A new form of DRM developed in Germany alters words, punctuation and other text elements so that every consumer receives a unique version of an eBook. By examining these “text watermarks”, copies that end up on the Internet can be traced back to the people who bought and allegedly pirated them. The project is a collaboration between researchers, the book industry and the Government and aims to be a consumer-friendly form of DRM.
With e-readers becoming more popular year after year, book piracy is seen as a growing problem for the publishing industry.
To counter this threat, publishers are constantly looking for new forms of DRM. With financial support from the Government and backing from the publishing industry, researchers at the Darmstadt Technical University in Germany launched SiDiM, a project to find DRM innovations.
One of the solutions being worked on at the moment aims to make individual ebooks unique through so-called “text watermarks.” The researchers have developed a technology that will make small changes to book texts so each buyer gets a unique copy. If the book is later uploaded to the Internet it can be easily traced back to the source.
“The goal of the SiDiM project is to develop new protection measures for eBooks and electronic documents. Texts in digital format are particularly threatened by unauthorized copying, for example via the Internet,” SiDiM’s Dr. Martin Steinebach explains.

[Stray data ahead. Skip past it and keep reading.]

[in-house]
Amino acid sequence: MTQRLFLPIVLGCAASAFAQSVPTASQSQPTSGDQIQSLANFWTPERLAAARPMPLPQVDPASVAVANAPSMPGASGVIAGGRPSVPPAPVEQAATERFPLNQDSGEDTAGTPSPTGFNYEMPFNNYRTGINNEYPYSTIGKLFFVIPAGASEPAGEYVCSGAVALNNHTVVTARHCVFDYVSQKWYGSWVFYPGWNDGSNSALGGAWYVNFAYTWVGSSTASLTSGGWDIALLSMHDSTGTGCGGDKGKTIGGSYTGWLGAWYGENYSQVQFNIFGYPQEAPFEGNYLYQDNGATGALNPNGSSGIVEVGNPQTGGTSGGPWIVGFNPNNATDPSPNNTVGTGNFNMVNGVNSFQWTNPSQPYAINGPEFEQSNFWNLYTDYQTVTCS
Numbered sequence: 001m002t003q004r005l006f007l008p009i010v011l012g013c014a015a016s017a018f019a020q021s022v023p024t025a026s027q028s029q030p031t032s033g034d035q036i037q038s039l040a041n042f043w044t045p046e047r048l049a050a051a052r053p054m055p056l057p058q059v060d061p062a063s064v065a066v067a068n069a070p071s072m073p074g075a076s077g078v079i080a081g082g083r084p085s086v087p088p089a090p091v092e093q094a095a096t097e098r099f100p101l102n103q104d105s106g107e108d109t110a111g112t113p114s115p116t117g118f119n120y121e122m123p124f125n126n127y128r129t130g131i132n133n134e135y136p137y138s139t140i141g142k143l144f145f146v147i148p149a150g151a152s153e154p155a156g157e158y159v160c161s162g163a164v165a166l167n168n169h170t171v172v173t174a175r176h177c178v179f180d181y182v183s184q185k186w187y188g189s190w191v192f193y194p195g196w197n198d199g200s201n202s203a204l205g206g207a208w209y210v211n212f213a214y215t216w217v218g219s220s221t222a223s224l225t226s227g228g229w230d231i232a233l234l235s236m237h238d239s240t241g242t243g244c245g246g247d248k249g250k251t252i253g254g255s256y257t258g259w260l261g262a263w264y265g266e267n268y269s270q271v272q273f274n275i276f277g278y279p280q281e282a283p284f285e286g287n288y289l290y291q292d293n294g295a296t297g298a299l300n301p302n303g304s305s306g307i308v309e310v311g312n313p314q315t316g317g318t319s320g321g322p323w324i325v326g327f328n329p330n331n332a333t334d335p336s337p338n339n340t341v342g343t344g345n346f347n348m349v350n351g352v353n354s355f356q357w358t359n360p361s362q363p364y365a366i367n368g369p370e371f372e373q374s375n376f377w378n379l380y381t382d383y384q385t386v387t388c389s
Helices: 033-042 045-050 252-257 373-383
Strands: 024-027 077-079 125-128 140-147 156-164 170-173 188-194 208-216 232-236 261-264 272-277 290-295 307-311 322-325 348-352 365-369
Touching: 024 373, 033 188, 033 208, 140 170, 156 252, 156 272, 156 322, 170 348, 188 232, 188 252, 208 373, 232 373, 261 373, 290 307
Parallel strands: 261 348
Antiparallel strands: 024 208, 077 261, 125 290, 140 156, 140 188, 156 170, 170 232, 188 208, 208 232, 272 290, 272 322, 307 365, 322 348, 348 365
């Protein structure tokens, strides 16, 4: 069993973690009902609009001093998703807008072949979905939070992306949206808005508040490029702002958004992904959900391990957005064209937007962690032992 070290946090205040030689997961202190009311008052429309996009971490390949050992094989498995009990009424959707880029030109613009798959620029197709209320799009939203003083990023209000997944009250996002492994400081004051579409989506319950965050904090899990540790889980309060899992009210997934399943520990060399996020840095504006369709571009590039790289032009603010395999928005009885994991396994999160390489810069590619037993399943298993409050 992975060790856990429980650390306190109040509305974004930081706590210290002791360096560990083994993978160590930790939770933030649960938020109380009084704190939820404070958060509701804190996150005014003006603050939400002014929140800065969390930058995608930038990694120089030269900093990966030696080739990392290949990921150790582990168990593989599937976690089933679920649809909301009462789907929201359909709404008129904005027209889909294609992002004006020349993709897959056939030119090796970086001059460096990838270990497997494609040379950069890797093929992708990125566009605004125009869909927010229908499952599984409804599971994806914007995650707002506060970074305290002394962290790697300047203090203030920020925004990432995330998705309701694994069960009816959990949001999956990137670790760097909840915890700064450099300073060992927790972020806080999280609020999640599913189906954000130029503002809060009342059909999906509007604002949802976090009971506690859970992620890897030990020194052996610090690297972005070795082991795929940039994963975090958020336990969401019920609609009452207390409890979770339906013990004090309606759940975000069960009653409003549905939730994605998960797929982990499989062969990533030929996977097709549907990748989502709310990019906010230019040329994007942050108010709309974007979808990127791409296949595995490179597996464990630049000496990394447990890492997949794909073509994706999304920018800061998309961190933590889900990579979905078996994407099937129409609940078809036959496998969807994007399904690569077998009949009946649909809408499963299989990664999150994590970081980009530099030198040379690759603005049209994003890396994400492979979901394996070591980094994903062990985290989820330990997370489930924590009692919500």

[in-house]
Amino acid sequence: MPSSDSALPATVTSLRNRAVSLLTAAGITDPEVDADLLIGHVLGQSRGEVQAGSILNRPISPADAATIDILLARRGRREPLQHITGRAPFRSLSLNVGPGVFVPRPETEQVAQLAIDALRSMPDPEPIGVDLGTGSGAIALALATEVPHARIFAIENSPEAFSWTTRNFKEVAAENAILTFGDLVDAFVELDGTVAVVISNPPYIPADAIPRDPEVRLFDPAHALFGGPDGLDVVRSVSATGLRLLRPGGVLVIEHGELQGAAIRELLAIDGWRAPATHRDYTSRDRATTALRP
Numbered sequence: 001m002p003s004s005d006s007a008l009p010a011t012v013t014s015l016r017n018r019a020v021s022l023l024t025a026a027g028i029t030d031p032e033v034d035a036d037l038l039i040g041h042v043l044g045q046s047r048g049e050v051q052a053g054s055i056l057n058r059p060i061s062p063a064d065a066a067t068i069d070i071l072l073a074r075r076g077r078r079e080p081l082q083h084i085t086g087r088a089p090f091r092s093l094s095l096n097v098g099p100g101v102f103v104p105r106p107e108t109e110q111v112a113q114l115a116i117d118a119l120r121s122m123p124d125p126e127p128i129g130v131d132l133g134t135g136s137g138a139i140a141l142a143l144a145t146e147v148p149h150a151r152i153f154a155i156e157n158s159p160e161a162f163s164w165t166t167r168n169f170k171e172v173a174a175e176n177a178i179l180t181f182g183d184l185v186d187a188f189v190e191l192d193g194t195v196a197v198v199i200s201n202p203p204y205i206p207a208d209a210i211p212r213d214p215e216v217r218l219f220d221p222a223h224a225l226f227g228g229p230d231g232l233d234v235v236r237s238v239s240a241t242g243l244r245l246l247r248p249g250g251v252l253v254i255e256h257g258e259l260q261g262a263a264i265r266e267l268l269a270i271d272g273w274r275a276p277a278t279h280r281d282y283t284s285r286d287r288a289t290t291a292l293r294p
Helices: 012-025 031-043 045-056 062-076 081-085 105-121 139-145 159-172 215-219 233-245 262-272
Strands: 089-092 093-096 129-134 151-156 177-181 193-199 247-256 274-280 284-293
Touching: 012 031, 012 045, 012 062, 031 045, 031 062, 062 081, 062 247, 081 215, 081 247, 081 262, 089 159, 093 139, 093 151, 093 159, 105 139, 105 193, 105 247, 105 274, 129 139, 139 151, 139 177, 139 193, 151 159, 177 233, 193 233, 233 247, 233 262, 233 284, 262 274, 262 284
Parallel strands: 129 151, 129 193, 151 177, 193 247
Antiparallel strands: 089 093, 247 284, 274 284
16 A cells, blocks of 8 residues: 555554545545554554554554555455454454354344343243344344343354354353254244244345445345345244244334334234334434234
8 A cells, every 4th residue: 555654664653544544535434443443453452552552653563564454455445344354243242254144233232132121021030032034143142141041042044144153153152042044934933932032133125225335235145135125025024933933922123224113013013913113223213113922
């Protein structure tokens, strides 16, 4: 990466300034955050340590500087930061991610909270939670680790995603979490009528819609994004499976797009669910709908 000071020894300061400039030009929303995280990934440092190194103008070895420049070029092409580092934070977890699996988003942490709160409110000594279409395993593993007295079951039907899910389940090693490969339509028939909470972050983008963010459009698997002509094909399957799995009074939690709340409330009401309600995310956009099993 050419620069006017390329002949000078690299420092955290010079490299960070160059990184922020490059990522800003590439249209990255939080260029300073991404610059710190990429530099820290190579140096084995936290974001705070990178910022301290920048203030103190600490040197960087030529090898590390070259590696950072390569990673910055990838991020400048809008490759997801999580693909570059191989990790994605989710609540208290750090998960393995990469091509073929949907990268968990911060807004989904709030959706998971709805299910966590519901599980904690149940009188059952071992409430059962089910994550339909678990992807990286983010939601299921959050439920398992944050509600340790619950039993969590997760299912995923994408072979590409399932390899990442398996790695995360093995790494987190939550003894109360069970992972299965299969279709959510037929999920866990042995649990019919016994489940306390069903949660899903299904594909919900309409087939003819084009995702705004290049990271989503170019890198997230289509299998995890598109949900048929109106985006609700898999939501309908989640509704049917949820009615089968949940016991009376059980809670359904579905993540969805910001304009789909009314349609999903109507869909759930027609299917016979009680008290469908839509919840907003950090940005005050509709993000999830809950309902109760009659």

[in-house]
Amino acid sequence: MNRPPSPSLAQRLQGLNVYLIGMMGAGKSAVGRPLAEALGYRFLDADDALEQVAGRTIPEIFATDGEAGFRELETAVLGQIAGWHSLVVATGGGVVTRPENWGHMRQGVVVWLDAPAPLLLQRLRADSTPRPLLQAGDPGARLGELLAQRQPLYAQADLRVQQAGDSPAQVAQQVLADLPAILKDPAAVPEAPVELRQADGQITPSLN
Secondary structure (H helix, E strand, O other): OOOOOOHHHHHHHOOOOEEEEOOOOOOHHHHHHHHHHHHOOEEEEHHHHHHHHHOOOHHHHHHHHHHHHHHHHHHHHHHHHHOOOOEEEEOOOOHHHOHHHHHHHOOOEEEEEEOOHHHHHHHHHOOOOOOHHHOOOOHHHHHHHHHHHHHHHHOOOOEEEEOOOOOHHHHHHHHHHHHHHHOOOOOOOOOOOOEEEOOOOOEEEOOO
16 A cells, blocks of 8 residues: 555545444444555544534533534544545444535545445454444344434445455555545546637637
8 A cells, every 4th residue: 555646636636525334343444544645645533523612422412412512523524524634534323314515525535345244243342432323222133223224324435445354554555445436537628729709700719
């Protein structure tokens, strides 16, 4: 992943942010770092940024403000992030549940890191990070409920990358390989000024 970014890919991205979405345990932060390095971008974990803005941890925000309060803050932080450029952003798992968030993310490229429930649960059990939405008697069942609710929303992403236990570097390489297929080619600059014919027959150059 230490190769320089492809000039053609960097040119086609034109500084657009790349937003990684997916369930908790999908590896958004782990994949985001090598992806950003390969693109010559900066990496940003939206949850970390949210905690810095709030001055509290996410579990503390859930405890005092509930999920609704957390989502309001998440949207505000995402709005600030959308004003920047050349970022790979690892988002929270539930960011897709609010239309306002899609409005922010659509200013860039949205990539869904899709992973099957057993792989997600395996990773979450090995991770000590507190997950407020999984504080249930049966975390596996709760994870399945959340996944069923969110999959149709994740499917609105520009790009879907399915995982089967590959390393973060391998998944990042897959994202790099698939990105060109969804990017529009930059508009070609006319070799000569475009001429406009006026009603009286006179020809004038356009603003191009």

“A solution to this problem is to alter documents with visible and invisible marks that make a single copy distinguishable. Users are encouraged to take responsibility their their copy and it will deter illegal file-sharing, as copies can be traced using these marks,” the researcher adds.
While the general story-line will remain intact, the DRM shuffles some words around, inserts synonyms, changes the paragraph format or the punctuation. For example, the word “unsympathetic” could be changed to “not sympathetic,” and so forth.
The researchers see this as a ‘consumer-friendly’ form of DRM as it doesn’t lock the book to an account or prevent copying between devices.
Whether readers will be equally enthusiastic remains to be seen. Since the process is completely automated there is a risk that errors will occur. For example, sentences may no longer carry the nuances intended by the author.
To see what kind of reception the text alterations might receive, publishers and authors have been sent a list of 15 “text watermark” examples along with a request to assess the changes.
The researchers don’t explain how they intend to deal with creative pirates, who might add in their own alterations, so it’s unsure whether the system is foolproof.
While the “text watermarks” are not particularly intrusive for readers, the assumption that all consumers are potential criminals may not sit well with everyone. Additionally, most book fanatics will probably want to read the book the way the author intended.